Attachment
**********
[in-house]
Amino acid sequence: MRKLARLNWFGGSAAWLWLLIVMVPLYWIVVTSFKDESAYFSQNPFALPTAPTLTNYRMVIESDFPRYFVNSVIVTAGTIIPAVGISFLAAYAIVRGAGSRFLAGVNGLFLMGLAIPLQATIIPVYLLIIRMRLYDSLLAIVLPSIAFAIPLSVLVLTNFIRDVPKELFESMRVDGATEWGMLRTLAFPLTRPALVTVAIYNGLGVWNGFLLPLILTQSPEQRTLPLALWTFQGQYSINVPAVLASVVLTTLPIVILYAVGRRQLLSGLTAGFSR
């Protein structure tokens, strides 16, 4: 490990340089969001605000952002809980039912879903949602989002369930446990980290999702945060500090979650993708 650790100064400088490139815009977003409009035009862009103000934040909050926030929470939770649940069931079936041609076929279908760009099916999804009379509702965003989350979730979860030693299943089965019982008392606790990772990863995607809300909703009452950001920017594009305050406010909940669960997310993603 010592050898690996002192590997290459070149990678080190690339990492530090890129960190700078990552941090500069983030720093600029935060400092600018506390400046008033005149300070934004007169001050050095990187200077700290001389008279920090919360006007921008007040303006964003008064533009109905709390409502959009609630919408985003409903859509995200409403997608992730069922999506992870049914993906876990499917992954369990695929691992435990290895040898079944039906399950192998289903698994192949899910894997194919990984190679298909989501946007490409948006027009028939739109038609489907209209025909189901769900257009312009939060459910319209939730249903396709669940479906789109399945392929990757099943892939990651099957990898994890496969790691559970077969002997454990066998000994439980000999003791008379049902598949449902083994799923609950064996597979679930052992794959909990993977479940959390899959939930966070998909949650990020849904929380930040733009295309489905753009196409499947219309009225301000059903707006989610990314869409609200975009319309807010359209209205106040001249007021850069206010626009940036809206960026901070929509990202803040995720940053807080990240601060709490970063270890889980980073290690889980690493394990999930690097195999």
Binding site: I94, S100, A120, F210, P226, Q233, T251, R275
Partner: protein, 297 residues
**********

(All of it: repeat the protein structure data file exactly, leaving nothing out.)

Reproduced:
[in-house]
Amino acid sequence: MRKLARLNWFGGSAAWLWLLIVMVPLYWIVVTSFKDESAYFSQNPFALPTAPTLTNYRMVIESDFPRYFVNSVIVTAGTIIPAVGISFLAAYAIVRGAGSRFLAGVNGLFLMGLAIPLQATIIPVYLLIIRMRLYDSLLAIVLPSIAFAIPLSVLVLTNFIRDVPKELFESMRVDGATEWGMLRTLAFPLTRPALVTVAIYNGLGVWNGFLLPLILTQSPEQRTLPLALWTFQGQYSINVPAVLASVVLTTLPIVILYAVGRRQLLSGLTAGFSR
């Protein structure tokens, strides 16, 4: 490990340089969001605000952002809980039912879903949602989002369930446990980290999702945060500090979650993708 650790100064400088490139815009977003409009035009862009103000934040909050926030929470939770649940069931079936041609076929279908760009099916999804009379509702965003989350979730979860030693299943089965019982008392606790990772990863995607809300909703009452950001920017594009305050406010909940669960997310993603 010592050898690996002192590997290459070149990678080190690339990492530090890129960190700078990552941090500069983030720093600029935060400092600018506390400046008033005149300070934004007169001050050095990187200077700290001389008279920090919360006007921008007040303006964003008064533009109905709390409502959009609630919408985003409903859509995200409403997608992730069922999506992870049914993906876990499917992954369990695929691992435990290895040898079944039906399950192998289903698994192949899910894997194919990984190679298909989501946007490409948006027009028939739109038609489907209209025909189901769900257009312009939060459910319209939730249903396709669940479906789109399945392929990757099943892939990651099957990898994890496969790691559970077969002997454990066998000994439980000999003791008379049902598949449902083994799923609950064996597979679930052992794959909990993977479940959390899959939930966070998909949650990020849904929380930040733009295309489905753009196409499947219309009225301000059903707006989610990314869409609200975009319309807010359209209205106040001249007021850069206010626009940036809206960026901070929509990202803040995720940053807080990240601060709490970063270890889980980073290690889980690493394990999930690097195999």
Binding site: I94, S100, A120, F210, P226, Q233, T251, R275
Partner: protein, 297 residues